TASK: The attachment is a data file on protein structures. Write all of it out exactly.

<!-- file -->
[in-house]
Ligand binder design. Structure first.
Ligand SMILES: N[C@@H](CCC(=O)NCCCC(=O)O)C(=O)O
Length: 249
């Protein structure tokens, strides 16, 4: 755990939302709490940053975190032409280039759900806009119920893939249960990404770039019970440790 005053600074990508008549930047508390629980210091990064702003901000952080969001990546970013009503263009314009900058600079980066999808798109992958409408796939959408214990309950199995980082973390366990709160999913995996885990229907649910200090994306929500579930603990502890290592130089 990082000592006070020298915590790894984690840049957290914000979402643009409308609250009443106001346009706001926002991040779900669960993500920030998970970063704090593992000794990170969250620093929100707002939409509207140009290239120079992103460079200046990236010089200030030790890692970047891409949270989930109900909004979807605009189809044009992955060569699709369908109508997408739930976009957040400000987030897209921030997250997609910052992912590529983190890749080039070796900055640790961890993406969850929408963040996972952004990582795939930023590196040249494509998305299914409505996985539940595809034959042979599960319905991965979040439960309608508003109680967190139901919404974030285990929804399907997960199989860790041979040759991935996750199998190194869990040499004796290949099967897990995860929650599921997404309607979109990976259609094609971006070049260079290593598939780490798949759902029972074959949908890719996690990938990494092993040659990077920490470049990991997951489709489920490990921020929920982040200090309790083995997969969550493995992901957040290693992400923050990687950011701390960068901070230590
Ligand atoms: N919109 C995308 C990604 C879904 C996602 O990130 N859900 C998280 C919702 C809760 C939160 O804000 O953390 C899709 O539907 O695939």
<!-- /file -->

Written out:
[in-house]
Ligand binder design. Structure first.
Ligand SMILES: N[C@@H](CCC(=O)NCCCC(=O)O)C(=O)O
Length: 249
């Protein structure tokens, strides 16, 4: 755990939302709490940053975190032409280039759900806009119920893939249960990404770039019970440790 005053600074990508008549930047508390629980210091990064702003901000952080969001990546970013009503263009314009900058600079980066999808798109992958409408796939959408214990309950199995980082973390366990709160999913995996885990229907649910200090994306929500579930603990502890290592130089 990082000592006070020298915590790894984690840049957290914000979402643009409308609250009443106001346009706001926002991040779900669960993500920030998970970063704090593992000794990170969250620093929100707002939409509207140009290239120079992103460079200046990236010089200030030790890692970047891409949270989930109900909004979807605009189809044009992955060569699709369908109508997408739930976009957040400000987030897209921030997250997609910052992912590529983190890749080039070796900055640790961890993406969850929408963040996972952004990582795939930023590196040249494509998305299914409505996985539940595809034959042979599960319905991965979040439960309608508003109680967190139901919404974030285990929804399907997960199989860790041979040759991935996750199998190194869990040499004796290949099967897990995860929650599921997404309607979109990976259609094609971006070049260079290593598939780490798949759902029972074959949908890719996690990938990494092993040659990077920490470049990991997951489709489920490990921020929920982040200090309790083995997969969550493995992901957040290693992400923050990687950011701390960068901070230590
Ligand atoms: N919109 C995308 C990604 C879904 C996602 O990130 N859900 C998280 C919702 C809760 C939160 O804000 O953390 C899709 O539907 O695939």